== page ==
[From the Episcopal News Service
The Episcopal Church’s House of Bishops voted unanimously on July 10 to admit – or re-admit, really – the Episcopal Church of Cuba as a diocese of the Episcopal Church. The Diocese of Cuba will become part of Province II.
“I feel the breath of the Holy Spirit. Thank you, everyone, for the support right now, but really for the support all these years,” Cuba Bishop Griselda Delgado del Carpio said in Spanish through an interpreter. She took a moment to remember generations past who’d longed for reunification, “those who’d suffered but always hoped we’d return to the church.”
Delgado received a standing ovation, and many hugs were shared as Presiding Bishop Michael Curry asked her to take her seat at table No. 7.
Reunification was a long time coming. In response to the geopolitics of the time, the House of Bishops in 1966 voted unilaterally to separate from the Episcopal Church in Cuba.
Western North Carolina Bishop Jose McLoughlin
escorts Cuba Bishop Griselda Delgado del Carpio to the front of the House of Bishops after the vote to readmit the Diocese of Cuba. Photo: David Paulsen/Episcopal News Service
The House of Bishops “stabbed Cuba in the heart, and it refused to die,” said retired Southeast Florida Bishop Leo Frade, a Cuban who was 23 years old when the house voted to expel Cuba.
“House of Deputies did nothing, the House of Bishops acted … it was an unconstitutional action by a House of Bishops that had no authority to kick us out,” said a tearful Frade. “As Cubans, Cubans refuse to die. The reality is that the Church of Cuba is still alive, and it belongs here.”
At the start of the 79th General Convention, the Episcopal Church in Cuba Committee struggled with constitutional and canonical questions regarding whether convention could act now to admit Cuba, or if it would require a constitutional change be made over two consecutive conventions.
In the end, convention acted as it did similarly in 2003 when it readmitted the Diocese of Puerto Rico into the Episcopal Church. The Diocese of Puerto Rico had been since 1979 an extraprovincial diocese under Province IX’s authority. In the 1970s, it was expected that Puerto Rico, Cuba and other dioceses in the Caribbean would form their own province, though that never came to pass.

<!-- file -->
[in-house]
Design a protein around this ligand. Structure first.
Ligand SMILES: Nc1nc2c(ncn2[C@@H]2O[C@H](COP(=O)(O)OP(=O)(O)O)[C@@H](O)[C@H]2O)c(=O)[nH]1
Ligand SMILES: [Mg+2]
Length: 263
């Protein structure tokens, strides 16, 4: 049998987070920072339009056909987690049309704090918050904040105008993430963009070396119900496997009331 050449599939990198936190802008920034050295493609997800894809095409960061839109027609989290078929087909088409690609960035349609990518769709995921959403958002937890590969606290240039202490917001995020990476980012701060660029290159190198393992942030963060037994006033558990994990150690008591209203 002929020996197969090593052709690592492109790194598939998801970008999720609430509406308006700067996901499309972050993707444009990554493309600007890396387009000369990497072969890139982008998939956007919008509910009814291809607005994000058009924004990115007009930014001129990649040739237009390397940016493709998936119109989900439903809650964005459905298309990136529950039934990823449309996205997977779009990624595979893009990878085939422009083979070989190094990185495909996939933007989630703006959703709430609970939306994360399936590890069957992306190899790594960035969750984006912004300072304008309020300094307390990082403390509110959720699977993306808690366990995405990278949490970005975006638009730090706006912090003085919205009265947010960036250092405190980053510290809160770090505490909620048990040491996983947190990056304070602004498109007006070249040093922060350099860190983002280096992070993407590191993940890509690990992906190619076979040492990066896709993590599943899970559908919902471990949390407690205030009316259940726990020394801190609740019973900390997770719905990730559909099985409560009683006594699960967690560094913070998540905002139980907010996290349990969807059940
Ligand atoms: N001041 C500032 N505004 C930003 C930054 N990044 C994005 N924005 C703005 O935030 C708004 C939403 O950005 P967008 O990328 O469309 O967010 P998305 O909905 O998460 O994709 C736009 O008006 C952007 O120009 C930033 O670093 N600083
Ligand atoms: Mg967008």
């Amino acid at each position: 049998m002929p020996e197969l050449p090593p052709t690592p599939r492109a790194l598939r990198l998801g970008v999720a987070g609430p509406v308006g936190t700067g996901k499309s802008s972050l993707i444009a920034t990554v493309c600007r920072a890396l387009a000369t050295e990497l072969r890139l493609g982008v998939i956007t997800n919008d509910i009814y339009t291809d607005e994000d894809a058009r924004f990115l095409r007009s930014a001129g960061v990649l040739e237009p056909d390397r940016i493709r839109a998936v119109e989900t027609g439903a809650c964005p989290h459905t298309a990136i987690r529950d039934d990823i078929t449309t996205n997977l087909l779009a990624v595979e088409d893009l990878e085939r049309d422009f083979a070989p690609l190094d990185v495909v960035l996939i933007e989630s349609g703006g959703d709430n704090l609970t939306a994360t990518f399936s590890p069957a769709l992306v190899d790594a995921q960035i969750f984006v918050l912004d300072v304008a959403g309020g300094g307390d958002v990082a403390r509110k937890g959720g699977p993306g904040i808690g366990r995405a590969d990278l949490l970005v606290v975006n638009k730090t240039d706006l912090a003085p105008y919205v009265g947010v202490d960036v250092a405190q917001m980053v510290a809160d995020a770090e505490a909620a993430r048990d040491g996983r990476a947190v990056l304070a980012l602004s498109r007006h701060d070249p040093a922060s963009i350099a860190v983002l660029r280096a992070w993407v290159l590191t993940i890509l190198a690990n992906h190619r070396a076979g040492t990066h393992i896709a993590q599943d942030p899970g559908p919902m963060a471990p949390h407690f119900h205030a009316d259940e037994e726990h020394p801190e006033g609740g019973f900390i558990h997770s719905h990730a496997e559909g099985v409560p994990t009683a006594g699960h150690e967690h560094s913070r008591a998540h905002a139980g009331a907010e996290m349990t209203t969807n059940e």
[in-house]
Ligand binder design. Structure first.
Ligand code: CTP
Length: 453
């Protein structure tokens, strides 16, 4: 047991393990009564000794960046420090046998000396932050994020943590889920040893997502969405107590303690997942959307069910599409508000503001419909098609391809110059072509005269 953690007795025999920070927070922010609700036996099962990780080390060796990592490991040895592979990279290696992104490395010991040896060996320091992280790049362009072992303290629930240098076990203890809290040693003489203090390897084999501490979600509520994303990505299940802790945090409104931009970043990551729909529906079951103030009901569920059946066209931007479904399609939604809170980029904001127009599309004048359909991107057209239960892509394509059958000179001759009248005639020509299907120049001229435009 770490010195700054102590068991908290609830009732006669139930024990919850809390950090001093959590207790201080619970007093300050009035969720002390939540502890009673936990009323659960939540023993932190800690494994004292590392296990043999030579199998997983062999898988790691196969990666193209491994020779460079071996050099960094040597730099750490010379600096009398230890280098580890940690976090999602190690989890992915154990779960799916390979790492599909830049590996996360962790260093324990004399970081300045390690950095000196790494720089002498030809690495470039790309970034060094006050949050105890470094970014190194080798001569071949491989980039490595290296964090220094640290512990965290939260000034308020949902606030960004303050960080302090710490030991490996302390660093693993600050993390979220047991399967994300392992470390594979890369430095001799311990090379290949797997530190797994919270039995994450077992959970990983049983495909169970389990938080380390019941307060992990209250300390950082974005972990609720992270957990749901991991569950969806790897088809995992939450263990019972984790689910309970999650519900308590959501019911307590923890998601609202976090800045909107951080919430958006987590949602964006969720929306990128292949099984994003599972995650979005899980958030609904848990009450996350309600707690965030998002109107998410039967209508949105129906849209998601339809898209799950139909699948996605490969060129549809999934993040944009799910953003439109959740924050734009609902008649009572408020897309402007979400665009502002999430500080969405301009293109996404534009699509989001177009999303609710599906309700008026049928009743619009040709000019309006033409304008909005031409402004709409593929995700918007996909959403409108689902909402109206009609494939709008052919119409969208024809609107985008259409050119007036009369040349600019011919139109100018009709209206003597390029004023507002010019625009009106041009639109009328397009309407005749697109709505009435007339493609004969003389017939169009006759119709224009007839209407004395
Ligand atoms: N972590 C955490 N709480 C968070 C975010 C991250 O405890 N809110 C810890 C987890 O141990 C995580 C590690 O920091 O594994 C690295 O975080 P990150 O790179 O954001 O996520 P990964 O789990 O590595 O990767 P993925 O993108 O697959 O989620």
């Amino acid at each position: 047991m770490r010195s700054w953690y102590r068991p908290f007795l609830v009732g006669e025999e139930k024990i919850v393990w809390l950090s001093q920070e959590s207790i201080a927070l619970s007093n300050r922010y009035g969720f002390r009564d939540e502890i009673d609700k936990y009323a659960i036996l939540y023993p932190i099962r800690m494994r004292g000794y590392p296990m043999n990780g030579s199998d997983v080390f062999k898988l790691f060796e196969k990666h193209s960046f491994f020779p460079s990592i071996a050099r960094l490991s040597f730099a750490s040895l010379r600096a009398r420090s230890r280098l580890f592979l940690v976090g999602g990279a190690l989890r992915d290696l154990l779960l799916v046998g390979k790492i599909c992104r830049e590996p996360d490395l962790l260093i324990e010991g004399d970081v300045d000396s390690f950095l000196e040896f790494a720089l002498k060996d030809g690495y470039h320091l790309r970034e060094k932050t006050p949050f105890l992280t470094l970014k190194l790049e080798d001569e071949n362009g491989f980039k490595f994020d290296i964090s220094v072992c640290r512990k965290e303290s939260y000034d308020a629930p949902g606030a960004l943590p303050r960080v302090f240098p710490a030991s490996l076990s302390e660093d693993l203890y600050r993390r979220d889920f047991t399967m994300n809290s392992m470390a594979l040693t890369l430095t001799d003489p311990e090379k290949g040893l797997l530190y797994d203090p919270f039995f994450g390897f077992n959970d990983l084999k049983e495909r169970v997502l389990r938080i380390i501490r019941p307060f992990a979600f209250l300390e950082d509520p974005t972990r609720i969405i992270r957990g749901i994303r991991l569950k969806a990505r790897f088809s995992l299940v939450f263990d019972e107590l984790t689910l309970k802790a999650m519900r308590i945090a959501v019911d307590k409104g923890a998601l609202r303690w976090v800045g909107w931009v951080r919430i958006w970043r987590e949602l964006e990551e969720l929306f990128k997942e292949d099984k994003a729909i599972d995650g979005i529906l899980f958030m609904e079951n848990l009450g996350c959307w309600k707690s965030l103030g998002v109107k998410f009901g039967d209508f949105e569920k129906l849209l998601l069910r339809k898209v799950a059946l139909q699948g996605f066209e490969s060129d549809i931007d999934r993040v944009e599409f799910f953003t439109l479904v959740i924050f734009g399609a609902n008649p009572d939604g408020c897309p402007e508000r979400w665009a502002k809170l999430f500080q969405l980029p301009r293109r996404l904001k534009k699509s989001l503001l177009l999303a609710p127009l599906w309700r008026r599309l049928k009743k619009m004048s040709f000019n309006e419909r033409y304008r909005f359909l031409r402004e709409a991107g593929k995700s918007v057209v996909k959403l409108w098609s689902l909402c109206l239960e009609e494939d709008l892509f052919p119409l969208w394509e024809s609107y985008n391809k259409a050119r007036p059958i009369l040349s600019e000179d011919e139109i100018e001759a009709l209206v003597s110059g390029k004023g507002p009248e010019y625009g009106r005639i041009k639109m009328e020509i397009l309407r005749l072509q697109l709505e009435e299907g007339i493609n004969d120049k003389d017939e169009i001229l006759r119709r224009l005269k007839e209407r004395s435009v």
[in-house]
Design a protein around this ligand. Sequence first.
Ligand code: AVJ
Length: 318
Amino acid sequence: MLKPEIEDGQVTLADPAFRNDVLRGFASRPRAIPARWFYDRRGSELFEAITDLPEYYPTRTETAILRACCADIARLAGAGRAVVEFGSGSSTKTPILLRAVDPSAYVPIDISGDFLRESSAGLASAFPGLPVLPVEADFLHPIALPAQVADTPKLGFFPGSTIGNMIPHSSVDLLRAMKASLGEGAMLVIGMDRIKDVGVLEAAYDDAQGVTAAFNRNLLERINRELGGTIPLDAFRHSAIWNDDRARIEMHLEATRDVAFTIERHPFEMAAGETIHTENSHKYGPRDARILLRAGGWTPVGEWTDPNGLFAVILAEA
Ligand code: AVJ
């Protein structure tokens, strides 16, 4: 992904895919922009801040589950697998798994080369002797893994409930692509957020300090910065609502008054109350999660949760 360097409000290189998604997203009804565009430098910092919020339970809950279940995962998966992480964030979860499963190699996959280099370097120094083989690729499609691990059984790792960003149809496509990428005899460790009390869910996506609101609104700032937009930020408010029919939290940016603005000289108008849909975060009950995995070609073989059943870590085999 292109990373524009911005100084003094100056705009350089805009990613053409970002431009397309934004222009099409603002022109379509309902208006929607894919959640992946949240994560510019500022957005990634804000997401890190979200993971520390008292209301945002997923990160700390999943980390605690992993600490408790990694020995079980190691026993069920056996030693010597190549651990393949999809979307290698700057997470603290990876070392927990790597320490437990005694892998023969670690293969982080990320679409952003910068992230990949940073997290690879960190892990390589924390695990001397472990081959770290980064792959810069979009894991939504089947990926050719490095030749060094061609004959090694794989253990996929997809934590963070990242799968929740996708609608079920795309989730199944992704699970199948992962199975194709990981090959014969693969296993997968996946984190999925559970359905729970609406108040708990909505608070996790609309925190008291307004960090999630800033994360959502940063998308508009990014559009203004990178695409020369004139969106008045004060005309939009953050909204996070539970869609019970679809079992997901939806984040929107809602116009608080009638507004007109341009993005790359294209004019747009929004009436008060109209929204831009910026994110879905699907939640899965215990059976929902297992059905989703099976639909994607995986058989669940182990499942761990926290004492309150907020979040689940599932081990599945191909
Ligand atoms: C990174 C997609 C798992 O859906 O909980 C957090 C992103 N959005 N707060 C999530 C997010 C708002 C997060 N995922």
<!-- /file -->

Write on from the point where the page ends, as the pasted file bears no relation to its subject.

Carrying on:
Formerly a missionary district, the Episcopal Church of Cuba has functioned as an autonomous diocese of the Anglican Communion under the authority of the Metropolitan Council of Cuba since it separated from the U.S.-based Episcopal Church in 1967.
New Jersey Bishop William “Chip” Stokes, bishop chair of the Episcopal Church in Cuba Committee, impressed a sense of urgency on bishops to adopt Resolution A238 as amended.
“Cuba’s government is in a time less restrictive toward churches,” he said, adding that U.S. policies are unpredictable.
A238 lays out the terms for reunification; it now moves to the House of Deputies.
The House of Bishops took its action in 1966 in response to the effects of the Cuban Revolution and the United States’ response. The Cuban Revolution, led by Fidel Castro, began in 1953 and lasted until President Fulgencio Batista was forced from power in 1959. Batista’s anti-communist, authoritarian government was replaced with a socialist state, which in 1965 aligned itself with the communist party.
In 1961, Episcopal schools in Cuba had been closed and appropriated, and many clergy and their families were displaced. Some remained in Cuba; some either returned or immigrated to the United States. Some clergy who remained in Cuba were imprisoned, executed or disappeared. Church buildings were closed and left to deteriorate. The church was polarized politically, and its clergy and lay leaders suffered. But the church continued in the living rooms of the grandmothers, who held prayer services and Bible studies in their homes. Through them is transmitted a story of pain, and of faith.
The Episcopal Church of Cuba traces its origins back to an Anglican presence beginning in 1901. Today, there are some 46 congregations and missions serving 10,000 members and the wider communities. During the 1960s, Castro’s government began cracking down on religion, jailing religious leaders and believers, and it wasn’t until Pope John Paul II’s 1998 visit to Cuba, the first ever visit by a Roman Catholic pope to the island, that the government began a move back toward tolerance of religion.